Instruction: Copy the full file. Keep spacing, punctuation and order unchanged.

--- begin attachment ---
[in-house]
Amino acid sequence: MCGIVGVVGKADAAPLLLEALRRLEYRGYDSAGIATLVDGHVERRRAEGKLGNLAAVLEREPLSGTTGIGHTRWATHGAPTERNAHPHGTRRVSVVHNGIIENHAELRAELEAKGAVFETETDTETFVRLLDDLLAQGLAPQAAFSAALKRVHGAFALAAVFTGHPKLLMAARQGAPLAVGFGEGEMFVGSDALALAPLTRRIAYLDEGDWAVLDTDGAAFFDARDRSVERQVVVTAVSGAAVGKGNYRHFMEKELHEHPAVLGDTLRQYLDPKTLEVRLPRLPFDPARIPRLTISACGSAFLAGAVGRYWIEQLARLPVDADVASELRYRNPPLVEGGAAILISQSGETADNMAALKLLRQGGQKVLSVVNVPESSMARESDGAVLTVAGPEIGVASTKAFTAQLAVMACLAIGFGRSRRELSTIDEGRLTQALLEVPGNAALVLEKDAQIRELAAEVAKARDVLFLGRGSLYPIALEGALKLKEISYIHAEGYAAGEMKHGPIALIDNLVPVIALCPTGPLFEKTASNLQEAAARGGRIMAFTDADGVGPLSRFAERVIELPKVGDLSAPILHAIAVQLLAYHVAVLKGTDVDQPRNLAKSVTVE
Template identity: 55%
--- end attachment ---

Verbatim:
[in-house]
Amino acid sequence: MCGIVGVVGKADAAPLLLEALRRLEYRGYDSAGIATLVDGHVERRRAEGKLGNLAAVLEREPLSGTTGIGHTRWATHGAPTERNAHPHGTRRVSVVHNGIIENHAELRAELEAKGAVFETETDTETFVRLLDDLLAQGLAPQAAFSAALKRVHGAFALAAVFTGHPKLLMAARQGAPLAVGFGEGEMFVGSDALALAPLTRRIAYLDEGDWAVLDTDGAAFFDARDRSVERQVVVTAVSGAAVGKGNYRHFMEKELHEHPAVLGDTLRQYLDPKTLEVRLPRLPFDPARIPRLTISACGSAFLAGAVGRYWIEQLARLPVDADVASELRYRNPPLVEGGAAILISQSGETADNMAALKLLRQGGQKVLSVVNVPESSMARESDGAVLTVAGPEIGVASTKAFTAQLAVMACLAIGFGRSRRELSTIDEGRLTQALLEVPGNAALVLEKDAQIRELAAEVAKARDVLFLGRGSLYPIALEGALKLKEISYIHAEGYAAGEMKHGPIALIDNLVPVIALCPTGPLFEKTASNLQEAAARGGRIMAFTDADGVGPLSRFAERVIELPKVGDLSAPILHAIAVQLLAYHVAVLKGTDVDQPRNLAKSVTVE
Template identity: 55%